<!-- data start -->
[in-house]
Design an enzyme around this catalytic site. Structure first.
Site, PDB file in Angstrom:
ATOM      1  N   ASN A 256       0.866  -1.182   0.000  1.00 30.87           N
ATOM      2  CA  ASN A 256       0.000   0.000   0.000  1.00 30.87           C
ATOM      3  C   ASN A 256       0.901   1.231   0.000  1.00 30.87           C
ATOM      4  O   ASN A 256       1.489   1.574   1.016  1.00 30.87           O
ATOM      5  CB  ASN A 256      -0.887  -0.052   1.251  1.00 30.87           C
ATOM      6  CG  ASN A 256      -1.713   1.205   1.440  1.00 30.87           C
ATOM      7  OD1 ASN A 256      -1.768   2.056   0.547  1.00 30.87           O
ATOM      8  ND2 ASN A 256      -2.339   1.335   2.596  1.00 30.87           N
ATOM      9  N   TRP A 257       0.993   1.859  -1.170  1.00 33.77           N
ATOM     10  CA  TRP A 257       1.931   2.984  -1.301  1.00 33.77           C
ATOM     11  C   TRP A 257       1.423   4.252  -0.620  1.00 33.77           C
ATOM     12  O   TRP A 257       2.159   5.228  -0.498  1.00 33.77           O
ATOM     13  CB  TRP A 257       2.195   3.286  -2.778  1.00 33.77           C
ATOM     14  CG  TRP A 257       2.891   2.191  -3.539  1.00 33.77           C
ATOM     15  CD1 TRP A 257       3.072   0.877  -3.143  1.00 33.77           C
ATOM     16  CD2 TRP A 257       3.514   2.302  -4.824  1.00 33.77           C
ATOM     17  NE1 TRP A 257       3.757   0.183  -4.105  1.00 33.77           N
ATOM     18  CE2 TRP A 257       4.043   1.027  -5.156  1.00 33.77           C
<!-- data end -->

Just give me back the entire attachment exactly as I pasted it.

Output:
[in-house]
Design an enzyme around this catalytic site. Structure first.
Site, PDB file in Angstrom:
ATOM      1  N   ASN A 256       0.866  -1.182   0.000  1.00 30.87           N
ATOM      2  CA  ASN A 256       0.000   0.000   0.000  1.00 30.87           C
ATOM      3  C   ASN A 256       0.901   1.231   0.000  1.00 30.87           C
ATOM      4  O   ASN A 256       1.489   1.574   1.016  1.00 30.87           O
ATOM      5  CB  ASN A 256      -0.887  -0.052   1.251  1.00 30.87           C
ATOM      6  CG  ASN A 256      -1.713   1.205   1.440  1.00 30.87           C
ATOM      7  OD1 ASN A 256      -1.768   2.056   0.547  1.00 30.87           O
ATOM      8  ND2 ASN A 256      -2.339   1.335   2.596  1.00 30.87           N
ATOM      9  N   TRP A 257       0.993   1.859  -1.170  1.00 33.77           N
ATOM     10  CA  TRP A 257       1.931   2.984  -1.301  1.00 33.77           C
ATOM     11  C   TRP A 257       1.423   4.252  -0.620  1.00 33.77           C
ATOM     12  O   TRP A 257       2.159   5.228  -0.498  1.00 33.77           O
ATOM     13  CB  TRP A 257       2.195   3.286  -2.778  1.00 33.77           C
ATOM     14  CG  TRP A 257       2.891   2.191  -3.539  1.00 33.77           C
ATOM     15  CD1 TRP A 257       3.072   0.877  -3.143  1.00 33.77           C
ATOM     16  CD2 TRP A 257       3.514   2.302  -4.824  1.00 33.77           C
ATOM     17  NE1 TRP A 257       3.757   0.183  -4.105  1.00 33.77           N
ATOM     18  CE2 TRP A 257       4.043   1.027  -5.156  1.00 33.77           C